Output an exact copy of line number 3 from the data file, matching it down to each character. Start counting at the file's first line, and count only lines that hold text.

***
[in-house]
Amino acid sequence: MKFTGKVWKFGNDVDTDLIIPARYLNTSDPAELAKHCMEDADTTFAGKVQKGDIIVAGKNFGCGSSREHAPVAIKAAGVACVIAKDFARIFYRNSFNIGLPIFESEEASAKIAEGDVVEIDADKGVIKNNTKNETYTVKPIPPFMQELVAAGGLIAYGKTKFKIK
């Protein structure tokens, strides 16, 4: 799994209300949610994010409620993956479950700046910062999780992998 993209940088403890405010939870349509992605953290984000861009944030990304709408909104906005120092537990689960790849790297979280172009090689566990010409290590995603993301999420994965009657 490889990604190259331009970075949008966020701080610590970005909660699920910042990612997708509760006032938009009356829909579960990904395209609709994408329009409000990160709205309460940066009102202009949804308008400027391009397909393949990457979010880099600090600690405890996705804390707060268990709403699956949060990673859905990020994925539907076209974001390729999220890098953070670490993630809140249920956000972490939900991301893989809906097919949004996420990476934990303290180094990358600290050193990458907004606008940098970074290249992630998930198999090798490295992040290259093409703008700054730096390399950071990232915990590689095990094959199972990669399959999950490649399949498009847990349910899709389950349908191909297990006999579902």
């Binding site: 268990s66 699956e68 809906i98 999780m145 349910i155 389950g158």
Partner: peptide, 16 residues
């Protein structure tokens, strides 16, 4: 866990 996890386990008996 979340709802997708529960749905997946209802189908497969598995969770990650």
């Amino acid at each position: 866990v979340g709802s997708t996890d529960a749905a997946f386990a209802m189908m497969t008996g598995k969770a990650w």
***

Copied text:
């Protein structure tokens, strides 16, 4: 799994209300949610994010409620993956479950700046910062999780992998 993209940088403890405010939870349509992605953290984000861009944030990304709408909104906005120092537990689960790849790297979280172009090689566990010409290590995603993301999420994965009657 490889990604190259331009970075949008966020701080610590970005909660699920910042990612997708509760006032938009009356829909579960990904395209609709994408329009409000990160709205309460940066009102202009949804308008400027391009397909393949990457979010880099600090600690405890996705804390707060268990709403699956949060990673859905990020994925539907076209974001390729999220890098953070670490993630809140249920956000972490939900991301893989809906097919949004996420990476934990303290180094990358600290050193990458907004606008940098970074290249992630998930198999090798490295992040290259093409703008700054730096390399950071990232915990590689095990094959199972990669399959999950490649399949498009847990349910899709389950349908191909297990006999579902």